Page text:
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US House okays renewal of controversial surveillance program

A part of the US surveillance program known as Section 702 allows intelligence agencies to conduct warrantless electronic monitoring of foreigners outside the United States
A part of the US surveillance program known as Section 702 allows intelligence agencies to conduct warrantless electronic monitoring of foreigners outside the United States - Copyright AFP SAUL LOEB
A part of the US surveillance program known as Section 702 allows intelligence agencies to conduct warrantless electronic monitoring of foreigners outside the United States - Copyright AFP SAUL LOEB

The US House of Representatives voted Friday to reauthorize an electronic urveillance program targeting foreigners, a practice officials say is critical to national security but criticized by opponents over concerns for American citizens’ privacy.

The Republican-controlled House voted to reauthorize a section of the Foreign Intelligence Surveillance Act, widely known as FISA, by a bipartisan vote of 273-147.

A part of the program known as Section 702 allows US intelligence agencies to conduct warrantless electronic surveillance of foreigners outside the United States. 

While it is meant to be used solely to spy on foreign citizens — by monitoring email traffic and other communications — Americans’ messages can get pulled in if they are in conversation with the foreigners being surveilled.

Concerns over possible abuses had drawn strong opposition from some privacy-minded Republicans and progressive Democrats.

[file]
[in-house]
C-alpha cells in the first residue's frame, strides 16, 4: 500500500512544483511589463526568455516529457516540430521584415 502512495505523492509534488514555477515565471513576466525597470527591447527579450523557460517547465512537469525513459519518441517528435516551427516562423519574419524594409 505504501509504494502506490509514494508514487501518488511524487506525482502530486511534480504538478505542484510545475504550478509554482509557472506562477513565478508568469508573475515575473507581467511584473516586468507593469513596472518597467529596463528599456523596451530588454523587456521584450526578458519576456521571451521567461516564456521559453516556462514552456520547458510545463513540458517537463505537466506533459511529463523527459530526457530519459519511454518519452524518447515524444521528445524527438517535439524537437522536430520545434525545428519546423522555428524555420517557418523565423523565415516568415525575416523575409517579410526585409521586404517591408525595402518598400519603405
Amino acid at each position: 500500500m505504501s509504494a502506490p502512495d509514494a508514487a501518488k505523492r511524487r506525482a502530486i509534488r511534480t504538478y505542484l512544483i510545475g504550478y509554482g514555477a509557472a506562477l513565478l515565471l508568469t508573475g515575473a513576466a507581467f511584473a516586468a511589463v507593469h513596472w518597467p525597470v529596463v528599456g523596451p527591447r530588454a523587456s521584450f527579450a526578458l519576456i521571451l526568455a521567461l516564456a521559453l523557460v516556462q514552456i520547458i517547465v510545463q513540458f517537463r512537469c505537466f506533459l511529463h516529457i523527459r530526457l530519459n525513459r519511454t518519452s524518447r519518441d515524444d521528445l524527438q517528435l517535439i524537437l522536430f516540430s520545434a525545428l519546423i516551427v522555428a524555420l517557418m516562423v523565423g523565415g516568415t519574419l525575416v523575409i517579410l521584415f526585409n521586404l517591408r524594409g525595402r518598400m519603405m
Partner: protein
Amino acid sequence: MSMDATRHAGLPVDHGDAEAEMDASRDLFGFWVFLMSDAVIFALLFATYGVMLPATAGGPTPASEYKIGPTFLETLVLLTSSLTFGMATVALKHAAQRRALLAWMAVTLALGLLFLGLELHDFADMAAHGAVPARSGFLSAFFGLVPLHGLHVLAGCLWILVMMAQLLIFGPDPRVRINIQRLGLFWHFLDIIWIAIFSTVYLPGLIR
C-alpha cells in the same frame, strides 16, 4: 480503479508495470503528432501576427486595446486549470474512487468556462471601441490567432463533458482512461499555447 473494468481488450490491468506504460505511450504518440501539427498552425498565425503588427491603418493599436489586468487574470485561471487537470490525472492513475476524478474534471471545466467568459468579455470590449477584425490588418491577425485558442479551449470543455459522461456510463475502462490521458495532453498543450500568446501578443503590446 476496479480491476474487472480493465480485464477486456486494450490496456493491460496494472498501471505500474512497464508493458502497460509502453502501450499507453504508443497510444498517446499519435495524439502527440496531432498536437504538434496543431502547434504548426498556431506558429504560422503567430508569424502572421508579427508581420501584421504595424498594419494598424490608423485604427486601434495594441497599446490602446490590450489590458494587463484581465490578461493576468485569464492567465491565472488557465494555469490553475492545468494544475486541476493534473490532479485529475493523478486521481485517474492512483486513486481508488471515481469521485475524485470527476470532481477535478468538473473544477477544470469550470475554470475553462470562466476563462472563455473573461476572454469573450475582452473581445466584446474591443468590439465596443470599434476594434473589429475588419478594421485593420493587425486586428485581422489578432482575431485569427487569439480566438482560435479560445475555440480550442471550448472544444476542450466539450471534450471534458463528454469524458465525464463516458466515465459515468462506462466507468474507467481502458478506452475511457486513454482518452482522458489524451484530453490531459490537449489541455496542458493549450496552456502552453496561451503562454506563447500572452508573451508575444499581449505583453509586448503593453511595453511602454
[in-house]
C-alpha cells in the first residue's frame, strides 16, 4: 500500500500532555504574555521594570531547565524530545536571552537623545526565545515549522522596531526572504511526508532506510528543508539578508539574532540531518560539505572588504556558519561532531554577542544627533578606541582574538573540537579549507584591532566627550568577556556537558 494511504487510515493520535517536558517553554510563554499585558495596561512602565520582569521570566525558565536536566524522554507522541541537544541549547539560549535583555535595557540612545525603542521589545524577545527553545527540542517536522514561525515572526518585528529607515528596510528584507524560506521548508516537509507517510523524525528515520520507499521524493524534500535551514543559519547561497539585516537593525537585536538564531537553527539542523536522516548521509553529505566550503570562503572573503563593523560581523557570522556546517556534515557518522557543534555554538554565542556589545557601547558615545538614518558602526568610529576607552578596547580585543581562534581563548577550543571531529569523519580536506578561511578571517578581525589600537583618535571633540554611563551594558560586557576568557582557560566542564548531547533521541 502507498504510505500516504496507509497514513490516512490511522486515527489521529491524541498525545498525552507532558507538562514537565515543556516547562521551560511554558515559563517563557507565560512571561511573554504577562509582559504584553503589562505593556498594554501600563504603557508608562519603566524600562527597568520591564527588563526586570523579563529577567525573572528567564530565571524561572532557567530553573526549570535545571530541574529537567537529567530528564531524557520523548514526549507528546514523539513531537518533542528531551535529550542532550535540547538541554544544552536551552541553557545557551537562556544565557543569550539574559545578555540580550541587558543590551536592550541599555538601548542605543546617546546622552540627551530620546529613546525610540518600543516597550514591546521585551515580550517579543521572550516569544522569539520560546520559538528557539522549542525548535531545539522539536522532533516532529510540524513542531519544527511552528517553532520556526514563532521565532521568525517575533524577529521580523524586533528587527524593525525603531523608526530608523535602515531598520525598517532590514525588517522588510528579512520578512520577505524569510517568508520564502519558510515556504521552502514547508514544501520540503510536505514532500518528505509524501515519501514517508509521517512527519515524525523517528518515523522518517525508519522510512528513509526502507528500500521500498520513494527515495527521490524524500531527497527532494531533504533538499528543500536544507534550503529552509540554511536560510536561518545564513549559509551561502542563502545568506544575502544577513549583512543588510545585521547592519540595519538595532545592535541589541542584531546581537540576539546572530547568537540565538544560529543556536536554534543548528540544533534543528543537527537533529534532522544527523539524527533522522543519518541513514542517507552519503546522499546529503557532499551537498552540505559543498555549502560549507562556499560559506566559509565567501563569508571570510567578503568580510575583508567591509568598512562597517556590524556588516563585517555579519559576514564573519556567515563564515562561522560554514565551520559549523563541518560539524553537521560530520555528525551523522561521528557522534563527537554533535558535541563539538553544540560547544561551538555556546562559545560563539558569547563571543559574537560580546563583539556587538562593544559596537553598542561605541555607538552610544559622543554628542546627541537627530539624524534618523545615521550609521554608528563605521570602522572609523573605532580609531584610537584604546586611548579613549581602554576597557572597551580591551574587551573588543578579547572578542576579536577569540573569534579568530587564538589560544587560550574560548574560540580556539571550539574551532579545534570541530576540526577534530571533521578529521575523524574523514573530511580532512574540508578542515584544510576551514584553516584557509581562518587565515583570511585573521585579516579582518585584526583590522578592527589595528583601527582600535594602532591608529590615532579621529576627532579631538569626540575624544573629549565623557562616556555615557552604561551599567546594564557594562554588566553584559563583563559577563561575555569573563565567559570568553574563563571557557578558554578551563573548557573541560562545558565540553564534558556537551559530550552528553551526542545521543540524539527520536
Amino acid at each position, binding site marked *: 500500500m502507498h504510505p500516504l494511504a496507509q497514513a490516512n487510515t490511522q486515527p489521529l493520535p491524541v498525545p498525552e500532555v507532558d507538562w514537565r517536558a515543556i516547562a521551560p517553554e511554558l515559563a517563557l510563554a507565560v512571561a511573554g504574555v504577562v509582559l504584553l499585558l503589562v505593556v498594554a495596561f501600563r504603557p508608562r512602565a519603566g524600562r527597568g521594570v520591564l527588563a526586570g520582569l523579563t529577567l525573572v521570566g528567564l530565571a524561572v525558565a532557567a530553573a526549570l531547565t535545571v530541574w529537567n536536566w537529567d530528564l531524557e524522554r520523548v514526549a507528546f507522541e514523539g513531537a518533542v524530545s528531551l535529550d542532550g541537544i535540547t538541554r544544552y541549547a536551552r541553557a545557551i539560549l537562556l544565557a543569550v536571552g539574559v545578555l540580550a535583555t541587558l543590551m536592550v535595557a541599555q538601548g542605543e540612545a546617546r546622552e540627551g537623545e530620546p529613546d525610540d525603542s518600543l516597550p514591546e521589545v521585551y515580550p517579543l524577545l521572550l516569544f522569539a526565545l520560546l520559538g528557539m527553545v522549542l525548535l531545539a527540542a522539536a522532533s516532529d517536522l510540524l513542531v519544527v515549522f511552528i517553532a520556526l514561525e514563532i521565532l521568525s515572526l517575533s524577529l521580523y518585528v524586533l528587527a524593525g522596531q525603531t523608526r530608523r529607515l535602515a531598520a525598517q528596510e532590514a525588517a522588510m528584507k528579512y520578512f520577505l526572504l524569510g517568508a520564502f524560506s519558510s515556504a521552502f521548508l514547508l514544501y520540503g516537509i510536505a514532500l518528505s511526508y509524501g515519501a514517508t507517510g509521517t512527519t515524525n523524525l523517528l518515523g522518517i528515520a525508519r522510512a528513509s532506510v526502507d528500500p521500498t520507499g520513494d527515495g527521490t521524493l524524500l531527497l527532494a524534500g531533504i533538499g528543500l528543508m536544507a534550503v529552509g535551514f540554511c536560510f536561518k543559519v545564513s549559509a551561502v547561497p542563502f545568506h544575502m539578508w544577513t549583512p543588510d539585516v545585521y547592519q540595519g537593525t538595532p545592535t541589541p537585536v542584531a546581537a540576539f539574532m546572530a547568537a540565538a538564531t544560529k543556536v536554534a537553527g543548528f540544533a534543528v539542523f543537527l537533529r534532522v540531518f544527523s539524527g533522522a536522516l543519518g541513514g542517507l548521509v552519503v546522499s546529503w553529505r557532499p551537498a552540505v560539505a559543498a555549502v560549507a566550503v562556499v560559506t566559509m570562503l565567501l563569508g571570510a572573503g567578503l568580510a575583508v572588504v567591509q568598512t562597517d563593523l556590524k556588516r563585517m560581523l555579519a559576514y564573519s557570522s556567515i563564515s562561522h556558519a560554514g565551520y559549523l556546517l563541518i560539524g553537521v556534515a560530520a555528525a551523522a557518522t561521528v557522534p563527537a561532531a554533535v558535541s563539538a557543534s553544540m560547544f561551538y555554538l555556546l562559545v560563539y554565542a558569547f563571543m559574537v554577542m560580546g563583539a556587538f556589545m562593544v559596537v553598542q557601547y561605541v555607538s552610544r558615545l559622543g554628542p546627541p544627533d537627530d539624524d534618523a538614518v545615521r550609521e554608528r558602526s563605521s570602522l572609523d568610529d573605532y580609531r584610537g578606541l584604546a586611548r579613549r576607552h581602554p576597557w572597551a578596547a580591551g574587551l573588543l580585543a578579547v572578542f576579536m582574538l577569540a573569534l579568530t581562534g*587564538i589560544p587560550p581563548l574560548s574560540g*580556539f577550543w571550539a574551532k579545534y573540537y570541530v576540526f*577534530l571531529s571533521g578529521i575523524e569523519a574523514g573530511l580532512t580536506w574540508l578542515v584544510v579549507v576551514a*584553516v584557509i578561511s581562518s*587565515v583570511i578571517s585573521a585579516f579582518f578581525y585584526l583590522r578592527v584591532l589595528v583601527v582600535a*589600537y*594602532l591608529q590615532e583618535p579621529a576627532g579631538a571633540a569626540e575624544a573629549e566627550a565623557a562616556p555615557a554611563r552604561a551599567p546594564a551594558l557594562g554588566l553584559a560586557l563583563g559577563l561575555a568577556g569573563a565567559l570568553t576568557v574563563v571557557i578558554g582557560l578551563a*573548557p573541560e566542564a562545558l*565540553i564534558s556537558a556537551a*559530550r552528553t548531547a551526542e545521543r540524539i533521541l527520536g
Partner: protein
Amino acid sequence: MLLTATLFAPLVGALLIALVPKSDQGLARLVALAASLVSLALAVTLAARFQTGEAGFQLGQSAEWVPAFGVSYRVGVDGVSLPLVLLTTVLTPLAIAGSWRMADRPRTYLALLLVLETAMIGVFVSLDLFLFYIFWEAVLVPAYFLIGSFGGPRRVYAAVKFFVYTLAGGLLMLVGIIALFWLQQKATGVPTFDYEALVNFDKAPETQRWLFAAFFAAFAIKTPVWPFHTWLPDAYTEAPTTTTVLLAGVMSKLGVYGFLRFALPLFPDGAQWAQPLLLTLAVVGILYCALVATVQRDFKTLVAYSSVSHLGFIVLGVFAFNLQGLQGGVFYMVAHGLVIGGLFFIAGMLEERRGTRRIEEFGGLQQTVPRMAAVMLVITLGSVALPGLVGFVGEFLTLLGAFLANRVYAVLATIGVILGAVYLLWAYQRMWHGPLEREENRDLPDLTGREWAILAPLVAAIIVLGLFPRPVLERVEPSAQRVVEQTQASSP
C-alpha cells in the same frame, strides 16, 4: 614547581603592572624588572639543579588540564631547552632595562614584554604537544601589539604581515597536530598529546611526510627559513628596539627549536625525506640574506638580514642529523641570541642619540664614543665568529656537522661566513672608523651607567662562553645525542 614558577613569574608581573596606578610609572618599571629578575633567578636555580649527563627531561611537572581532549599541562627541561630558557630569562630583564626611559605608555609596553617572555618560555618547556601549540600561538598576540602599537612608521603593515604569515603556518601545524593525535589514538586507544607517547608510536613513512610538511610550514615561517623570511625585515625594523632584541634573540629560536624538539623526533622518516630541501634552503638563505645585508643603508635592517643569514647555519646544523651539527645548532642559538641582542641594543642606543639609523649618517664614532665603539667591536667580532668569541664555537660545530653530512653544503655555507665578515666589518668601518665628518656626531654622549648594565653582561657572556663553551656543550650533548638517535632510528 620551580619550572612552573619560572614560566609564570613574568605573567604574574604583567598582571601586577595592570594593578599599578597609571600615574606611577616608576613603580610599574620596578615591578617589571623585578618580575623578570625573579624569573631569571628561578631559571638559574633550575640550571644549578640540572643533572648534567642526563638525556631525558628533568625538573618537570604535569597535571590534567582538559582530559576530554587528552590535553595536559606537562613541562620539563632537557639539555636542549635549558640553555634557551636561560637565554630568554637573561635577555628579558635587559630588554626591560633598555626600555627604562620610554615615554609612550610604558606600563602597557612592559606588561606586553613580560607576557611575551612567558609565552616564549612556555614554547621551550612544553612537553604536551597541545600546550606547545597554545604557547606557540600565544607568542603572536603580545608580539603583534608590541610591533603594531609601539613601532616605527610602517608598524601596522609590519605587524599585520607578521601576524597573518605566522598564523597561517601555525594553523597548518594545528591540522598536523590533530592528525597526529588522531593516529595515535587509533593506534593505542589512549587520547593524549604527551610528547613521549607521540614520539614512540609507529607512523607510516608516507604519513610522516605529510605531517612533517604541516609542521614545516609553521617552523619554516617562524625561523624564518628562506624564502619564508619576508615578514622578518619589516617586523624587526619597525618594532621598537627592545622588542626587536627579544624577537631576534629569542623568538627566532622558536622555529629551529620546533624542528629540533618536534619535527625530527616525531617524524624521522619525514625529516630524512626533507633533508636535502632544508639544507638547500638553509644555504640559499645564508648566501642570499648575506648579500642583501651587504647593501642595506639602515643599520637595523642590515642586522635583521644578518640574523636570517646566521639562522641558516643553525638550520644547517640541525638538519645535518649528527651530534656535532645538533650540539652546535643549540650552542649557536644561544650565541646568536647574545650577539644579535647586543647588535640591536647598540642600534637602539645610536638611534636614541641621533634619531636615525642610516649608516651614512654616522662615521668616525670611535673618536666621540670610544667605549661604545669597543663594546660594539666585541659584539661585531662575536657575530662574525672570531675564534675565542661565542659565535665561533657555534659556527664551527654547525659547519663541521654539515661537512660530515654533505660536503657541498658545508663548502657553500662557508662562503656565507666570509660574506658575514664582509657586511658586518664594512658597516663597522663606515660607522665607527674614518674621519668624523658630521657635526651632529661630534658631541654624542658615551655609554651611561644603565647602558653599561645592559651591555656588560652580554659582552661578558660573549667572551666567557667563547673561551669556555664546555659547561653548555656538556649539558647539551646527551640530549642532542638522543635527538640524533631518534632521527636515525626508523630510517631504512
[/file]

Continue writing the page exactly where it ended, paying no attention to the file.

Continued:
Renewal still requires approval by the Senate, where its prospects are not clear. If it fails there, it could lapse next Friday.

The vote in the House came over the vigorous opposition of former president Donald Trump, who hopes to defeat Democrat Joe Biden in the November election and return to the White House. 

In a post on his Truth Social platform this week he had urged lawmakers: “Kill FISA, it was illegally used against me, and many others. They spied on my campaign!!!” 

He apparently was referring to wiretap orders against a former Trump campaign aide obtained by the FBI in 2016 — under a different section of FISA — during its investigation of Russian influence on US elections. The FBI later said it had mishandled that matter.

In any case, Trump’s online message this week appeared to have its desired effect, as a vote for renewal fell short on Wednesday.

But House Speaker Mike Johnson changed the terms of the program extension from five years to two, gaining needed support from some far-right Republicans.

Supporters say the program is absolutely vital to national security, and that safeguards are in place to ensure it is used only as intended.

A senior White House official in December urged Congress to renew the program, saying that with wars continuing in Gaza and Ukraine, and amid high tensions with China and a persistent threat of cyberattacks, it would be a dangerous time for “unilateral” disarmament.

AFP
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With 2,400 staff representing 100 different nationalities, AFP covers the world as a leading global news agency. AFP provides fast, comprehensive and verified coverage of the issues affecting our daily lives.

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